Old Berkeley pal Aditya passed along this glimpse into to cohousing — something I never knew existed. Amazing stuff, especially given how many of us struggle with the pressures of modern parenting in relative isolation, far away from extended family, or in neighborhoods that aren't conducive to distributing the childcare load. Cohousing looks to be a fantastic alternative.
It occurred to me that in the hierarchy of hacks this might be rather large, but one we have adopted and is well-tested is "It takes a village to raise a child".
Attributes that make Cohousing the ideal setting to raise a child include:
- intergenerational intentional community — in other words, we know and are friends with our neighbors; that is, everyone who lives here, wants to live here knowing all their neighbors — from kids to retirees; it is stimulating, diverse, educational, comfortable and absolutely natural
- safe, pedestrian and kid-friendly physical layout — we have a non-motorized vehicle path that runs between our homes and kids can roam with their parents' full confidence. A family who moved in last week wrote that within a day of moving in, their 6 year old already had 3 play dates on one day, 2 of which she arranged herself!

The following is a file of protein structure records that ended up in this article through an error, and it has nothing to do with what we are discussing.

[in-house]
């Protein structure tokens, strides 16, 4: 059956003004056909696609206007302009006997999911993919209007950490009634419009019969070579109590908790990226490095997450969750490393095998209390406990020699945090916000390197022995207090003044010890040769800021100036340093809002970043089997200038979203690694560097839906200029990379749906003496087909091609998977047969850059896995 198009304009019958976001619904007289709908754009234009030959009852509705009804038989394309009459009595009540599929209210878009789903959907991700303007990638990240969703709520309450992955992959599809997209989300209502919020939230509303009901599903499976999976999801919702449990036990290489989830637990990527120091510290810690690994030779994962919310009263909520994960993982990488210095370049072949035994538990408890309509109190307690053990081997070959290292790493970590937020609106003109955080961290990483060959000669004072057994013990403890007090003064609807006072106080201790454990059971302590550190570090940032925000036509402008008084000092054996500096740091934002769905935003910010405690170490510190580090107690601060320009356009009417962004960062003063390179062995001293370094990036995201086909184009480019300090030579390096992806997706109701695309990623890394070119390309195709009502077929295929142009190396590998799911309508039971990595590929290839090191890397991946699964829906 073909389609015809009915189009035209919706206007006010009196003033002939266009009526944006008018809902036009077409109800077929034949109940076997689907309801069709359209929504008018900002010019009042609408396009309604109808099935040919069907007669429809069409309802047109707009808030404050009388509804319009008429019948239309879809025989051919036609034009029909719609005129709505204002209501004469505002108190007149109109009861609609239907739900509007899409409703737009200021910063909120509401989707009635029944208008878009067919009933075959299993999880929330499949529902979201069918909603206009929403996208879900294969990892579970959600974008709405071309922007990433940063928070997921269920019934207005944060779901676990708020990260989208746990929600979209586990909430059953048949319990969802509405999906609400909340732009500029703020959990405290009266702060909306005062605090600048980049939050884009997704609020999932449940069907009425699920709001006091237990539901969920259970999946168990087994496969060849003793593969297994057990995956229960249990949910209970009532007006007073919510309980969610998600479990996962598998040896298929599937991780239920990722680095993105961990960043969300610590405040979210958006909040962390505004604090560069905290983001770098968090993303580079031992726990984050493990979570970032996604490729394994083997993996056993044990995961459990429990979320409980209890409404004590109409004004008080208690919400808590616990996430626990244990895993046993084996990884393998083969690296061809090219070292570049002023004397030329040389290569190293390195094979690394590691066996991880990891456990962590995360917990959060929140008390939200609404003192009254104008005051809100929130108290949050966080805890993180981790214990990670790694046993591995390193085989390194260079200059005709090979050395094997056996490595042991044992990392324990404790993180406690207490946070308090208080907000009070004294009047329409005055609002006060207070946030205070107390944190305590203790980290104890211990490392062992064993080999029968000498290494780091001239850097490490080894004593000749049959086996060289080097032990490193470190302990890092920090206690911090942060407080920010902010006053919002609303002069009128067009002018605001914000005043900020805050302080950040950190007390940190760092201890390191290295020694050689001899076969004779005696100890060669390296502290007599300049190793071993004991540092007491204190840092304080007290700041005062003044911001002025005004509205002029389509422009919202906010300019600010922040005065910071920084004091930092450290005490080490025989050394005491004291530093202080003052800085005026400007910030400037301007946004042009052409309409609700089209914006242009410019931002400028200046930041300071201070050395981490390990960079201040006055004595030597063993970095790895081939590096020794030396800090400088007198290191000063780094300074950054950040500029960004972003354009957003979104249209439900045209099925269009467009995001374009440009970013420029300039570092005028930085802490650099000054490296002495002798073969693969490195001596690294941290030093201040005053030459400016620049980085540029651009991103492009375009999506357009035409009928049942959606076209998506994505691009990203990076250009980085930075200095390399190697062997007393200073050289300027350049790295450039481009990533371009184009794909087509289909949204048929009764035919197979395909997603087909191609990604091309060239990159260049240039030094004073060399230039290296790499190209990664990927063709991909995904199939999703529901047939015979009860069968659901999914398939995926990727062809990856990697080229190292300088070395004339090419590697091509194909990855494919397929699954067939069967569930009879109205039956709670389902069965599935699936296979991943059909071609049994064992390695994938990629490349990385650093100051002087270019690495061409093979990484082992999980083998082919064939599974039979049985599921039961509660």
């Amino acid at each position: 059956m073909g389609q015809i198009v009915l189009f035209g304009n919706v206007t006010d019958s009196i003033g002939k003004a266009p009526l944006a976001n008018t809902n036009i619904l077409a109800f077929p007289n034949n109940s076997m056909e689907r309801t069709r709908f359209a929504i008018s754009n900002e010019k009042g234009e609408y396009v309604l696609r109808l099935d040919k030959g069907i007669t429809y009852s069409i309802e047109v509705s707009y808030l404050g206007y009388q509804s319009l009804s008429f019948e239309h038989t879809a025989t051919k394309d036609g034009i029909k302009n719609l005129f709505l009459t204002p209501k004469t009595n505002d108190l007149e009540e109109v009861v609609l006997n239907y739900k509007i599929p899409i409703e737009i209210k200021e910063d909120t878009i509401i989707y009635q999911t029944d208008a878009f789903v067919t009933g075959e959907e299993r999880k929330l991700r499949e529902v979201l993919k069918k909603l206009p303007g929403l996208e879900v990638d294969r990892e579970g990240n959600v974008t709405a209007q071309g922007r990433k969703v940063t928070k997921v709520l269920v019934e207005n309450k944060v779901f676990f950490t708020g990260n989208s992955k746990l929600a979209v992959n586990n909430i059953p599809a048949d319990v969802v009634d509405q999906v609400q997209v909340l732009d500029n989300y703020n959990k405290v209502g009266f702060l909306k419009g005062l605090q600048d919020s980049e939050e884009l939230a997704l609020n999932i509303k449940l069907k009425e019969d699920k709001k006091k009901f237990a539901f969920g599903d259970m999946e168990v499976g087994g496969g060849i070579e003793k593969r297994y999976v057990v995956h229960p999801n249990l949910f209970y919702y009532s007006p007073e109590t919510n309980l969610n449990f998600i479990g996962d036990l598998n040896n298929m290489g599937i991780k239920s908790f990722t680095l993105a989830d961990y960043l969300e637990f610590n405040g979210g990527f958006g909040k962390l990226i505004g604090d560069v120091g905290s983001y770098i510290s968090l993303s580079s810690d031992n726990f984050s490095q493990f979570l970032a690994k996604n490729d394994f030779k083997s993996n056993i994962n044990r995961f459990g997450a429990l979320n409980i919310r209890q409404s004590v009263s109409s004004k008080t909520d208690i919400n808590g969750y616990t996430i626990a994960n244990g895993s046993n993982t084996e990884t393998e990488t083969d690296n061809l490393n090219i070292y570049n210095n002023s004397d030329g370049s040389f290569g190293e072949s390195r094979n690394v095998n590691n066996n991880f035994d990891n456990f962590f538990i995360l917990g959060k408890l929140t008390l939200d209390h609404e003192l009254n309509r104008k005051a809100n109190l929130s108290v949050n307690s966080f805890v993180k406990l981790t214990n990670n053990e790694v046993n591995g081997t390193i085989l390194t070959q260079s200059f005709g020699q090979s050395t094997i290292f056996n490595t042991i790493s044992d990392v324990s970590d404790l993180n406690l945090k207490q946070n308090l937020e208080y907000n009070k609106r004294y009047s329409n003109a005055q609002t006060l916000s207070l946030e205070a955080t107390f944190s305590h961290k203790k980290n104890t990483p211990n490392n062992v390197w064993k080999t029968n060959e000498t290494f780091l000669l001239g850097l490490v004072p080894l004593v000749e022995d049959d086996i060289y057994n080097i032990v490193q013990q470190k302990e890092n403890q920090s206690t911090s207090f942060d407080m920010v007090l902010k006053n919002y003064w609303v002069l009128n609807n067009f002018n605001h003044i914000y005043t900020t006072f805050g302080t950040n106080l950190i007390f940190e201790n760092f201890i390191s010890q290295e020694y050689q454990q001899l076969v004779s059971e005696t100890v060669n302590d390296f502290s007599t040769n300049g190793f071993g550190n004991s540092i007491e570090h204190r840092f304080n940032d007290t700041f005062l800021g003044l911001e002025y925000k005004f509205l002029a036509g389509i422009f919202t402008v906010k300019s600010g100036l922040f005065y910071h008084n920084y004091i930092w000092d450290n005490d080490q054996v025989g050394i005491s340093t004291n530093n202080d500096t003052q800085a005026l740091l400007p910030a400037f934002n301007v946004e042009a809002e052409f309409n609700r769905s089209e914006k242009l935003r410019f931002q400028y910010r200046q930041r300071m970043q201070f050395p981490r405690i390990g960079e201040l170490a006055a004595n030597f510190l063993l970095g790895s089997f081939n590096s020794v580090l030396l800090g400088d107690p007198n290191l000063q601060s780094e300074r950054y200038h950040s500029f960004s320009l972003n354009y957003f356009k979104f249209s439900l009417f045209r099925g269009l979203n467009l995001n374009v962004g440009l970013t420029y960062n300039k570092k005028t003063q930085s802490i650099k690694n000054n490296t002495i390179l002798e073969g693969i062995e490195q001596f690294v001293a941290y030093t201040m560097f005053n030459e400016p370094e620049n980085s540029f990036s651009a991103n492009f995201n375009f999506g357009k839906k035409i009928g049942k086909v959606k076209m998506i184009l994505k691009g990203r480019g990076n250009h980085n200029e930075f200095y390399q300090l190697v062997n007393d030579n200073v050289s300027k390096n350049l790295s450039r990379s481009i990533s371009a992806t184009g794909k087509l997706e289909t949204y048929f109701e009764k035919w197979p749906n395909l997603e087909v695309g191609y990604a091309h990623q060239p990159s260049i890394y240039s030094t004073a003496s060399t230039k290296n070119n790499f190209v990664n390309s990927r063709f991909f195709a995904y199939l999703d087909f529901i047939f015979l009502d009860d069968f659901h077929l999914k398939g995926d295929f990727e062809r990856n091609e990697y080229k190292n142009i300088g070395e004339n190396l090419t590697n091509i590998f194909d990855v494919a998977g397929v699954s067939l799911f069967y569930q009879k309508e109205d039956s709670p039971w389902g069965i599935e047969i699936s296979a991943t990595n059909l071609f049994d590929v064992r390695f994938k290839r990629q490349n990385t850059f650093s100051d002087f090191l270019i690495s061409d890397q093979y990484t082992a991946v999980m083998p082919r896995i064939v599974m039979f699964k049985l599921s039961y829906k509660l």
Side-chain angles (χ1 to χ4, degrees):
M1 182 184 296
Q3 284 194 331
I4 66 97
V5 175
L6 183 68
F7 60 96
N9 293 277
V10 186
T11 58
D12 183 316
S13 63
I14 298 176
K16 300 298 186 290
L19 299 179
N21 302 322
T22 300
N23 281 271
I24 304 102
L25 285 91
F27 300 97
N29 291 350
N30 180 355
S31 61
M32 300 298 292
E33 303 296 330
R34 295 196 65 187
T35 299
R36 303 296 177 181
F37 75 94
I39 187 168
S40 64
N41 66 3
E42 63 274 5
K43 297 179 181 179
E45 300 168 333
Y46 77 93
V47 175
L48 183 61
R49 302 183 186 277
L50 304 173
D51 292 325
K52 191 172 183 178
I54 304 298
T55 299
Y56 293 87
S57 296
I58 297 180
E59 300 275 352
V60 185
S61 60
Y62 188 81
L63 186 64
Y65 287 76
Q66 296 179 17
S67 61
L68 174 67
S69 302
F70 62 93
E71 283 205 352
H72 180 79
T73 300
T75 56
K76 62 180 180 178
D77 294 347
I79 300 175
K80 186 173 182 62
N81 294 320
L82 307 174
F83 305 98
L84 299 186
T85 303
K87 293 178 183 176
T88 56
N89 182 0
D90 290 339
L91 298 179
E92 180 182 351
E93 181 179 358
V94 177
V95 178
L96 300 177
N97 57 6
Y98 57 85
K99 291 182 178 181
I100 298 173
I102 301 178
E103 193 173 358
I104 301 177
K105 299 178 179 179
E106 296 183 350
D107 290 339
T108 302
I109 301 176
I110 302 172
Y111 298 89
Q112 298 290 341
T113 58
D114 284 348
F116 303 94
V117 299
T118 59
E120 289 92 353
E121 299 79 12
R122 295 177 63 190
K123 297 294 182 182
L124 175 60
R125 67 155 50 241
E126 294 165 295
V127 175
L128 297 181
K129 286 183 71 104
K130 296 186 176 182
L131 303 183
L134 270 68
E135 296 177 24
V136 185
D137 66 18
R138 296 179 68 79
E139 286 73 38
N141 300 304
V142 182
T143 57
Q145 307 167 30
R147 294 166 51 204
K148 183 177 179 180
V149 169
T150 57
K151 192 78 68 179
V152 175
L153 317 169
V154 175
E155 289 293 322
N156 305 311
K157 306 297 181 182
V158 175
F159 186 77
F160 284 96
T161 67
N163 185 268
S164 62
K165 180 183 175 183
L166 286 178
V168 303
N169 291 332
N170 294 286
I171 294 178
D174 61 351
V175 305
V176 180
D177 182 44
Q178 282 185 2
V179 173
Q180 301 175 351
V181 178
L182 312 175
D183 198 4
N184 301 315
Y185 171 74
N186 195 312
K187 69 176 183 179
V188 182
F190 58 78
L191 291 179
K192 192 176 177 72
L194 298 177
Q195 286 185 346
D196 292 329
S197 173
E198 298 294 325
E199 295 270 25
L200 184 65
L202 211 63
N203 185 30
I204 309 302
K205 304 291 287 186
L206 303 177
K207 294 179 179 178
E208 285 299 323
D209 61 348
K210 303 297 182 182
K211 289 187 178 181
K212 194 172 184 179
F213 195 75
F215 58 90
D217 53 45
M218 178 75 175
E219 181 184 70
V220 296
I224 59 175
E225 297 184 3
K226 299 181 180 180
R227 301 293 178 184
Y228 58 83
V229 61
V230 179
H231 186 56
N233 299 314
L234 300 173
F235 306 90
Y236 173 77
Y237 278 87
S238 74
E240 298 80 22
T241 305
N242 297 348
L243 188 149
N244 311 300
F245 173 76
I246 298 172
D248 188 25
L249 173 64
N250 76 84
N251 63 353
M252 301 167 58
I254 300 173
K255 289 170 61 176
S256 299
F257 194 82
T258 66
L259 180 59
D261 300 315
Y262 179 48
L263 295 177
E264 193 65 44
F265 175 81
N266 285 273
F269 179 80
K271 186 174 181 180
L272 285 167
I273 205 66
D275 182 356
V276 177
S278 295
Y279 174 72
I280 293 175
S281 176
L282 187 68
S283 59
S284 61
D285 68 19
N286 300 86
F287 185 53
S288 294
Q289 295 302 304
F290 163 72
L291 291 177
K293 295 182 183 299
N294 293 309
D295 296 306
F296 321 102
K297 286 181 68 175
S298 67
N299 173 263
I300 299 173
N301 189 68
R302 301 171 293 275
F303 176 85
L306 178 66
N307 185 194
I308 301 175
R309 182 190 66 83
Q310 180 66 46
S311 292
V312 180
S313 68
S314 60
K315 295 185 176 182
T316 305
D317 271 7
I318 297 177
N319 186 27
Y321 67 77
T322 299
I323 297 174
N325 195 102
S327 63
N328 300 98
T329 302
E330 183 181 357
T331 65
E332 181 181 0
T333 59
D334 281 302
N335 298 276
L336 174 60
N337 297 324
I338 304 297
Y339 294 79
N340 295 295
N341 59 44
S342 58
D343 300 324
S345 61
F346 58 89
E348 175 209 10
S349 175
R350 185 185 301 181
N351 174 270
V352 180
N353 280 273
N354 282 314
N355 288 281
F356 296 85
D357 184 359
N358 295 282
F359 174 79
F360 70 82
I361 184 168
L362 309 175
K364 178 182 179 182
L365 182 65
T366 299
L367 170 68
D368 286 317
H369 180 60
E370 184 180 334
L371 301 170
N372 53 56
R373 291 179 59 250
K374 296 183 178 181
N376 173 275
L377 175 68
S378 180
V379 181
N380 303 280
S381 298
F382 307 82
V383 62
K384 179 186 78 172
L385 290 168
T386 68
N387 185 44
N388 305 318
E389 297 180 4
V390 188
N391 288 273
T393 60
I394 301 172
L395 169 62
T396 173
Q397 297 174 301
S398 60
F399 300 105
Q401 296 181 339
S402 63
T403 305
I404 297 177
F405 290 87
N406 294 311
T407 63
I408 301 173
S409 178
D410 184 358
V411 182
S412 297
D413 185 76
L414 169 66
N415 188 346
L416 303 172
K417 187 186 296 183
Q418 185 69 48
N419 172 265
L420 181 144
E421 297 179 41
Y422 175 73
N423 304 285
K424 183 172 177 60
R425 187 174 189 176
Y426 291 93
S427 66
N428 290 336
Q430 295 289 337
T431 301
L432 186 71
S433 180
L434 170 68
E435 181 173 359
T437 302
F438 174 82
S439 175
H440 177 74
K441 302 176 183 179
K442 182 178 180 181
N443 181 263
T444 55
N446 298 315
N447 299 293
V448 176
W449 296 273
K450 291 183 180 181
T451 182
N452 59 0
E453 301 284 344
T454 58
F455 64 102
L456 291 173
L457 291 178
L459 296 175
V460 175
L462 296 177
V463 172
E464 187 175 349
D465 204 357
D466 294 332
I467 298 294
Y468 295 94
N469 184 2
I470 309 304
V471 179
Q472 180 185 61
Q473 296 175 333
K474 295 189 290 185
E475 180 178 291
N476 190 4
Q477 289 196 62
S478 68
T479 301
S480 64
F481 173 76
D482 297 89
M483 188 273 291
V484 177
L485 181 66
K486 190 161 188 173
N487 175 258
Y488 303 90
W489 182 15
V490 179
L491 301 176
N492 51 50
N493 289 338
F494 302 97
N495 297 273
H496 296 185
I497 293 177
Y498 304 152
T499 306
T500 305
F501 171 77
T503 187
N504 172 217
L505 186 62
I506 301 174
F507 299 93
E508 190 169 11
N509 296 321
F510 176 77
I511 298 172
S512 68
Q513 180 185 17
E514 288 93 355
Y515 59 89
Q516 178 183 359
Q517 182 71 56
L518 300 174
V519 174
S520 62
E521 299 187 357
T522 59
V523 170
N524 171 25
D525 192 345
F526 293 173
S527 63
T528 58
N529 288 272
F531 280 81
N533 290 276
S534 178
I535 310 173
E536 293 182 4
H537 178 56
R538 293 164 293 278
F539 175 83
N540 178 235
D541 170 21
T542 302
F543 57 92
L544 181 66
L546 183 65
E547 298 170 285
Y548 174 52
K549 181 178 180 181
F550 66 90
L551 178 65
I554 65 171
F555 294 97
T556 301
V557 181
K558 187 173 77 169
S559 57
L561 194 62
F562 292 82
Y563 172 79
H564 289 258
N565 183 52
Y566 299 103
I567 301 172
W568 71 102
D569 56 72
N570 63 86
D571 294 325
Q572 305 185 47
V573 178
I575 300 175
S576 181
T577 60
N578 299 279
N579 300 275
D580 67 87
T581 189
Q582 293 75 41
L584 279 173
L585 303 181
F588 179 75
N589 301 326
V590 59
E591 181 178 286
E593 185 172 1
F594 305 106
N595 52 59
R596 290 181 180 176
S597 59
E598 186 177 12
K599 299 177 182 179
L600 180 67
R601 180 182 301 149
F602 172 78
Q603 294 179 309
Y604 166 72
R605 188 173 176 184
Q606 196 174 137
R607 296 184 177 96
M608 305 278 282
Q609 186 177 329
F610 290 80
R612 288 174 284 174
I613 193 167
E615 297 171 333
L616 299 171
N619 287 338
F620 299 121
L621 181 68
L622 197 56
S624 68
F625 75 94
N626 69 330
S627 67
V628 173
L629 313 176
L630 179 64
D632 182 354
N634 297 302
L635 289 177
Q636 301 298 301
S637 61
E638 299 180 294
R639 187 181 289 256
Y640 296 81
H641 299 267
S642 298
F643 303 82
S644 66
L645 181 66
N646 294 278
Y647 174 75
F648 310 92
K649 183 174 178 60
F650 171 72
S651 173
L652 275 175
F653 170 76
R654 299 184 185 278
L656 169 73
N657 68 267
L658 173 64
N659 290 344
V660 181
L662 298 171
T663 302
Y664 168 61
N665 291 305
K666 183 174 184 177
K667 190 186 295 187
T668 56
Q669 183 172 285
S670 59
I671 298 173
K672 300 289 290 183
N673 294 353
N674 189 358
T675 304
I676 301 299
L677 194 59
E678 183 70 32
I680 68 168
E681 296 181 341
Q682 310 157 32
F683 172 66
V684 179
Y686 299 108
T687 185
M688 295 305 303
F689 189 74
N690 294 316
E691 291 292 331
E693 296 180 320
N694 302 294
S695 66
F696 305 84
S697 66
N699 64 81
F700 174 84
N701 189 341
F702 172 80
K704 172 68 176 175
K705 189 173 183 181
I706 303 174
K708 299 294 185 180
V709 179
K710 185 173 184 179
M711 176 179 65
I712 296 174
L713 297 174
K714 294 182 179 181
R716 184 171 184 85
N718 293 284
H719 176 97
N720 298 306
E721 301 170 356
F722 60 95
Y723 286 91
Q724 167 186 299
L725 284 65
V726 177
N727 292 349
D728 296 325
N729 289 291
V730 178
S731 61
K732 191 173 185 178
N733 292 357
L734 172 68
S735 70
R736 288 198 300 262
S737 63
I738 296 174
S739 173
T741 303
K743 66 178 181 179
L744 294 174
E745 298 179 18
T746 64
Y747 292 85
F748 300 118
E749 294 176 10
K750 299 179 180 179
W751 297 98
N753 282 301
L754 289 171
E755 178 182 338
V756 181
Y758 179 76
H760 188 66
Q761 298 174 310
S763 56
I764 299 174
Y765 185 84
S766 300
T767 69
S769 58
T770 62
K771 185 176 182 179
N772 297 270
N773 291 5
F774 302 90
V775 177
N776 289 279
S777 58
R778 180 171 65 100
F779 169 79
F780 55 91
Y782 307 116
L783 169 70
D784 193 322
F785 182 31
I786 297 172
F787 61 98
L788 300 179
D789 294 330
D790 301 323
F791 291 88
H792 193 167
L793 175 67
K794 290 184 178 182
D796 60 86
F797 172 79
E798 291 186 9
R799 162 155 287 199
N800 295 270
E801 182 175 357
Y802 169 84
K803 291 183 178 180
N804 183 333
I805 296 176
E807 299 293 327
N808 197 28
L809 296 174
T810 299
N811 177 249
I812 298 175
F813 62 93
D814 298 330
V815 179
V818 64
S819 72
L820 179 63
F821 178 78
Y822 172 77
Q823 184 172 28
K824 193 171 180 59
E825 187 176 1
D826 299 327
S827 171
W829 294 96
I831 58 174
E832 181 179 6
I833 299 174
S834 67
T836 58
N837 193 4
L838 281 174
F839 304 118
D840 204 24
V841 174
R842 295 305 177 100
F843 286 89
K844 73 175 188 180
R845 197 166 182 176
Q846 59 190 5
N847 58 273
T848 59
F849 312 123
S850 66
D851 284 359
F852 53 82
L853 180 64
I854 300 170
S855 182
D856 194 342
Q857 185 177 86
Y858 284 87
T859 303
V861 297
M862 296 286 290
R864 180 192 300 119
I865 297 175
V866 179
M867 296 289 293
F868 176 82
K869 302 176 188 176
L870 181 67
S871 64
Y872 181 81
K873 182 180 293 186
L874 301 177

- shared Common House with a kid's room and game room, so your child can have a neutral place to play with other kids, and away from home at the same time
- a natural meeting place on snow days and vacations when a suburban parent would cringe at having to chauffer
- the physical layout and proximity of units and the Common House lend themselves to shared child-minding and adult interaction without needing to plan way in advance and drive somewhere — it's convenient, can happen at the spur of the moment and does (we do it over email [broadcast or unicast], phone or just step outside and see who might help out)
- optional common meals (5 nights a week at Great Oak) where the quality, variety and convenience is staggering (you can see the RSS feed of our upcoming meals at our website) — the meals are cooked and cleaned in rotation and the cost of ingredients is shared. Where else can you eat for the same price and quality as homemade, and only have to work for about 2 hours a month? and be home (if you don't get caught up talking to your friends/neighbors) within a minute?
So yes, the world is shrinking, and our communication options make virtual presence easier, but when your physical neighborhood is designed to help you interact, take care of the kids and share resources, you can be modern, hip, earth-friendly and relaxed!
Maybe this is too much of a lifestyle-hack to merit a blog-entry, but for any new parents, I feel it is imperative that they at least know such an option exists, especially before they plan on moving to a larger or different home.